During previous eras in human history, people believed that talents could only be “God-gifted.” They thought that people were born with a certain level of intelligence, and that was it. As science and every study has shown, intelligence is not something we are born with, but rather something that is developed through education, and any person regardless of nationality, ethnicity, height, weight, skin color or physical stature can achieve the same levels of intelligence.
Science has shown us that we can fine-tune our intelligence and augment our capability. Integrating new habits and skill-sets into our daily lives helps the brain build neural pathways that benefit its functioning.
Here are 7 hobbies that increase your intelligence level according to science:
1. Play A Musical Instrument
Studies suggest that regularly playing a musical instrument leads to changes in the shape and functional ability of the brain. This also can be used as a therapy to enhance cognitive skills.
Psychologist Lutz Jäncke reported that,
“Learning to play a musical instrument has definite benefits and can increase IQ by seven points, in both children and adults. We found that even in people over the age of 65 after four or five months of playing a instrument for an hour a week there were strong changes in the brain. The parts of the brain that control hearing, memory, and the part that controls the hands among others, all become more active. Essentially the architecture of the brain changes.
For children especially we found that learning to play the piano for instance teaches them to be more self-disciplined, more attentive and better at planning. All of these things are very important for academic performance, so can therefore make a child brighter. Of course music isn’t the only answer, but I do believe that it should be used in addition to other things.”
This hobby provides strength to the corpus callosum which links the two hemispheres of the brain, leading likely enhanced memory, skill in execution and overall brain functioning.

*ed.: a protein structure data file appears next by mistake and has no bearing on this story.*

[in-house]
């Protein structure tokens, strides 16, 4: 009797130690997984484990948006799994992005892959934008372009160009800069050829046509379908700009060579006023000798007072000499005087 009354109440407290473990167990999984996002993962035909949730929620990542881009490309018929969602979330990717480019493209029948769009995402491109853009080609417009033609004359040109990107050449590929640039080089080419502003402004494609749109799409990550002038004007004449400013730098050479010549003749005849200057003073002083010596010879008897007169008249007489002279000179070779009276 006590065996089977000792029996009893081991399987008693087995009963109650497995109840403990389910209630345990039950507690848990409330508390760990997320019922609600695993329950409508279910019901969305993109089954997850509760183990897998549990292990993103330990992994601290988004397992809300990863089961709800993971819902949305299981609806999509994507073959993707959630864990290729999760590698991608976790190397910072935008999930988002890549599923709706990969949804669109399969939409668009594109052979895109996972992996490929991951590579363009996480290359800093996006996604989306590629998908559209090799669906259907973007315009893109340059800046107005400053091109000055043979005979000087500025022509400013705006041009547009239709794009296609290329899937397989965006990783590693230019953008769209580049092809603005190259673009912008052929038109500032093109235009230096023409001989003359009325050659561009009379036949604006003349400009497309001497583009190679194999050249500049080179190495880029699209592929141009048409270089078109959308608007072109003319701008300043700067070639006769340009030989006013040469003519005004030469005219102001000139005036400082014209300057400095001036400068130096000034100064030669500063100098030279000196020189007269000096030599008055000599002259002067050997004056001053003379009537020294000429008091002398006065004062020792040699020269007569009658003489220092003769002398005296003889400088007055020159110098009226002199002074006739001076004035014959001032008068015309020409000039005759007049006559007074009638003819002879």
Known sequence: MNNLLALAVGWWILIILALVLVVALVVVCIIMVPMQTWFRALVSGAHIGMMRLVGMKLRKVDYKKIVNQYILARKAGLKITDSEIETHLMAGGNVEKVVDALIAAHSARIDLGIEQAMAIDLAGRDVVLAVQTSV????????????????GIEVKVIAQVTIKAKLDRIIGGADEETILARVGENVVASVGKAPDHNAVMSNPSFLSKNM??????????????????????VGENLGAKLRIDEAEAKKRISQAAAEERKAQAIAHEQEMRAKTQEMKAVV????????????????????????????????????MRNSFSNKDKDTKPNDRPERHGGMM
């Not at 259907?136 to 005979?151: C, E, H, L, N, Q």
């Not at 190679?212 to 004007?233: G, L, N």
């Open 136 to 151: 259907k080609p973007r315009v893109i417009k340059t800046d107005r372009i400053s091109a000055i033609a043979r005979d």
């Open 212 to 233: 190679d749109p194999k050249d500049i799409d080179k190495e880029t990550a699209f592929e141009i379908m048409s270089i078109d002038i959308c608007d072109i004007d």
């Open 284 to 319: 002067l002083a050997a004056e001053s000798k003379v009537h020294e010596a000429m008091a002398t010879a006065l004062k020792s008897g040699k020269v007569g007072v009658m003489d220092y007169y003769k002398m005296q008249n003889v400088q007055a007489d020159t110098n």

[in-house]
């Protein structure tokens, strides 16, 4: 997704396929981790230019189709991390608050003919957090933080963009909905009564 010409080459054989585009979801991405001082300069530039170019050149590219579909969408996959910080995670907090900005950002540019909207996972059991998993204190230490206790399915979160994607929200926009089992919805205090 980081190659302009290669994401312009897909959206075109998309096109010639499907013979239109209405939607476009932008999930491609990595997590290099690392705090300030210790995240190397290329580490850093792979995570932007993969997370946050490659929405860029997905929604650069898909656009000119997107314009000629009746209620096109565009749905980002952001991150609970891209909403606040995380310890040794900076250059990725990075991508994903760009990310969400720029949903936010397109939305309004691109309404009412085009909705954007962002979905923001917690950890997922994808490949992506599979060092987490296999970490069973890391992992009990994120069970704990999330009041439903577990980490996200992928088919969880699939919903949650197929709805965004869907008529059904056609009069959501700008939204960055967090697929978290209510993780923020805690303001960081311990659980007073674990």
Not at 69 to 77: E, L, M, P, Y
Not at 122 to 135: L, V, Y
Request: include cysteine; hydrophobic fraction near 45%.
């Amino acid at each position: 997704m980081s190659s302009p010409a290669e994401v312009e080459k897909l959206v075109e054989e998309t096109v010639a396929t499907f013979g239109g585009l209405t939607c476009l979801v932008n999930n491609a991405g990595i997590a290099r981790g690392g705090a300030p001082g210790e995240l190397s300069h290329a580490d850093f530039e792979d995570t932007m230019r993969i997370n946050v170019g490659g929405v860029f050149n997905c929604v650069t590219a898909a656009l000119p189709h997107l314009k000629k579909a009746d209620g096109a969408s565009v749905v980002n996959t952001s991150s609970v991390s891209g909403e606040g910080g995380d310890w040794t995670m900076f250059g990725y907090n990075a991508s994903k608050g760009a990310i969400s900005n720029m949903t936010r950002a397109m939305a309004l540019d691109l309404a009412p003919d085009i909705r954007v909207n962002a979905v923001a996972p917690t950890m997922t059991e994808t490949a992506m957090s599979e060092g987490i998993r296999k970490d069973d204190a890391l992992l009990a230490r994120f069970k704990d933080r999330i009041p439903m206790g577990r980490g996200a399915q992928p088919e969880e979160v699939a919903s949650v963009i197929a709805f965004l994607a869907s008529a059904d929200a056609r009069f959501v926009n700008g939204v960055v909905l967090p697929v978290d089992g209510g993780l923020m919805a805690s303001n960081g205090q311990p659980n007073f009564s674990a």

It’s no mistake that many of the world’s most monetarily successful individuals read novels and books in the fiction category. Research suggests that it indeed makes people smarter.
The founder of Tesla, Elon Musk, says that reading novels such as the ‘Lord of the Flies’ and ‘Fountain’ helped to shape his worldview. Bill Gates is also known for his wonderful habit of reading as many books as he can, and he always includes a novel during his semi-annual book recommendations.
“If ‘smarter’ means having a larger vocabulary and more world knowledge … then reading may well make people smarter,” psychologist Keith Stanovich writes in the U.S. National Library of Medicine National Institutes of Health. He adds that the data supports this finding time and time again.
Reading serves as a way to calm and sooth the nerves. It also affects three areas of the brain; the crystallized, fluid and emotional. It helps in stringing together information, solving and navigating problems, recognizing patterns and in understanding other human beings from their perspectives on life.
3. Exercise Regularly
The key word in this is ‘regularly’. A study on the acute bouts of physical activity and their effect on the cognitive performance of adults which found that submaximal aerobic exercise performed for periods up to 60 minutes facilitates specific aspects of information processing; however, extended exercise that leads to dehydration compromises both information processing and memory functions.
If we consistently incorporate exercise into our weekly routines, we can increase the brain’s cognitive performance. Choosing to walk, run, or do push-ups only once every month on the other hand will likely not yield favorable results.
Exercising regularly improves memory, charges cells with BDNF, and can help in the areas of concentration and understanding.
4. Learn A New Language